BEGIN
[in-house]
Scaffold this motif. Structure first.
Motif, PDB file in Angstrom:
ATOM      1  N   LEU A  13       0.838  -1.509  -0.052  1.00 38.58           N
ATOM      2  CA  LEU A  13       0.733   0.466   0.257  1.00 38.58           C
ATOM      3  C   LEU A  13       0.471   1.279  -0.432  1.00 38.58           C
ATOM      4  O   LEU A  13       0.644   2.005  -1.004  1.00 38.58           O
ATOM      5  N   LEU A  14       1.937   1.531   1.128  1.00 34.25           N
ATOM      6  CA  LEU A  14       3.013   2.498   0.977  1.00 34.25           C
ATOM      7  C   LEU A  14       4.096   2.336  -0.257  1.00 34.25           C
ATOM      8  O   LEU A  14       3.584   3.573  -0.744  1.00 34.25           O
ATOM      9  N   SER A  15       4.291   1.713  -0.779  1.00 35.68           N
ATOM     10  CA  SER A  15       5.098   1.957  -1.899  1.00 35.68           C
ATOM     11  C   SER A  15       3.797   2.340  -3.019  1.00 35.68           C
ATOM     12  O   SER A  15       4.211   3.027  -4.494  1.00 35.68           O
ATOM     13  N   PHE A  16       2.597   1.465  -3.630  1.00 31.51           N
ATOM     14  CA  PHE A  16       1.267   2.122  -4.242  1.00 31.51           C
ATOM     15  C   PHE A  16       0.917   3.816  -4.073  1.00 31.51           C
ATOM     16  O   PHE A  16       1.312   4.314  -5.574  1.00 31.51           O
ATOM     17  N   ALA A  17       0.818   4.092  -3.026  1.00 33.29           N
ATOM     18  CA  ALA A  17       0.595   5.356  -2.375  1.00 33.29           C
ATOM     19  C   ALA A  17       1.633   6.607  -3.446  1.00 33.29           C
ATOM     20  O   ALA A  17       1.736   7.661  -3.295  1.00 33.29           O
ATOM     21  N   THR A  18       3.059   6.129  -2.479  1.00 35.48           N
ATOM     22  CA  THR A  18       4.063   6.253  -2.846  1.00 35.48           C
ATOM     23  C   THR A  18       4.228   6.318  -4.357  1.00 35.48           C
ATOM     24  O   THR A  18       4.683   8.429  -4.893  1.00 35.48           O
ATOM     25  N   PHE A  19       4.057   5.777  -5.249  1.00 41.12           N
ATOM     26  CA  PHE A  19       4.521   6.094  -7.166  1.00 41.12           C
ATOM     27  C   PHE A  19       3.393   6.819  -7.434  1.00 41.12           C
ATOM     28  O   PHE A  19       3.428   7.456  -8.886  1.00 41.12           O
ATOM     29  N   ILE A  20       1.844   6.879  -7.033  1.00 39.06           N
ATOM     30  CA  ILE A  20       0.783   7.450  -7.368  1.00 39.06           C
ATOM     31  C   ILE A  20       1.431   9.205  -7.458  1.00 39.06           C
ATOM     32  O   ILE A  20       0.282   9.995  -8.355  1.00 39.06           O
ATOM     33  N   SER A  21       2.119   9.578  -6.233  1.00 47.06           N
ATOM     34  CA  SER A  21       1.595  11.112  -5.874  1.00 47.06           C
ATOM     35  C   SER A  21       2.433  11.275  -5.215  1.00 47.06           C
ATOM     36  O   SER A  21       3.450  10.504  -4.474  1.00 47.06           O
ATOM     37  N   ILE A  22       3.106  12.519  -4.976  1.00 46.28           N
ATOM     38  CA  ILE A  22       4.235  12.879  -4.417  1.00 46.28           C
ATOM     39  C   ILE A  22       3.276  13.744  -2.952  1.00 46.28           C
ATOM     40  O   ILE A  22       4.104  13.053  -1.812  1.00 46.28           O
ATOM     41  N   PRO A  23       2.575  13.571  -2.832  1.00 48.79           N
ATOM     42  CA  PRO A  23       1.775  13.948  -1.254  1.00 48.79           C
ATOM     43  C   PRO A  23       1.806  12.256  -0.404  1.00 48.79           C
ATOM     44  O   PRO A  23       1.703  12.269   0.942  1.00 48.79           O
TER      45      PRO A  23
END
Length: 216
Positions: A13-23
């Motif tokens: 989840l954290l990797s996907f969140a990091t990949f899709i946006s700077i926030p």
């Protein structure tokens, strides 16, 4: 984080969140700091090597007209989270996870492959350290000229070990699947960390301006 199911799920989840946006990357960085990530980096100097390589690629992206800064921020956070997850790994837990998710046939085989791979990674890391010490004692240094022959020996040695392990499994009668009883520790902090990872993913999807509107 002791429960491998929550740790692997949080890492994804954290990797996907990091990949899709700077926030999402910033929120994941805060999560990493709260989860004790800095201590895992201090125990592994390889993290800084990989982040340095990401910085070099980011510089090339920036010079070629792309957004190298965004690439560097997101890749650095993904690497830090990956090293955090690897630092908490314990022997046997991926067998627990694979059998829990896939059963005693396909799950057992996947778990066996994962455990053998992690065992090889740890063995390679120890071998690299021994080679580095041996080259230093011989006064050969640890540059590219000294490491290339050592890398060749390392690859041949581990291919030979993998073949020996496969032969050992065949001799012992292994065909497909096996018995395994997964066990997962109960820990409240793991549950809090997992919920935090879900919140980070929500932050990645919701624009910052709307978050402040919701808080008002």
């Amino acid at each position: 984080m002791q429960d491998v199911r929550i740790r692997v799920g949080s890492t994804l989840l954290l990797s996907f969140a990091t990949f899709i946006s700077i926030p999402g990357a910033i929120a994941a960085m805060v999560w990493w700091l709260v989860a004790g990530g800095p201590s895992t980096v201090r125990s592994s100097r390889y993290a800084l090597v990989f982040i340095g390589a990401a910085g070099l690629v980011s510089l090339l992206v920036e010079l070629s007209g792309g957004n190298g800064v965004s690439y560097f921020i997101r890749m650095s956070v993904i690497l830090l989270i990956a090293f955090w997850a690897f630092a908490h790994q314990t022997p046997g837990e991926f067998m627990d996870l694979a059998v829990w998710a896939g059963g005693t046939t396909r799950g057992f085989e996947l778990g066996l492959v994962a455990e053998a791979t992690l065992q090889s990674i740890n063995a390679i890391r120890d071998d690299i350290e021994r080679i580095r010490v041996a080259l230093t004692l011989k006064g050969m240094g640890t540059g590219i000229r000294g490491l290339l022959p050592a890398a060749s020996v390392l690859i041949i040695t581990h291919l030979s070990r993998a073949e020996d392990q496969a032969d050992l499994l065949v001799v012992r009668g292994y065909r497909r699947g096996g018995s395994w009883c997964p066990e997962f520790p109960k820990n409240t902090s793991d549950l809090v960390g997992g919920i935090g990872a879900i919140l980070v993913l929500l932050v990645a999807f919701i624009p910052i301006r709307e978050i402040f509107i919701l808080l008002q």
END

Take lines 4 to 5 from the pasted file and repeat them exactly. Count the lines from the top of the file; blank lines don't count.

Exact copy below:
ATOM      1  N   LEU A  13       0.838  -1.509  -0.052  1.00 38.58           N
ATOM      2  CA  LEU A  13       0.733   0.466   0.257  1.00 38.58           C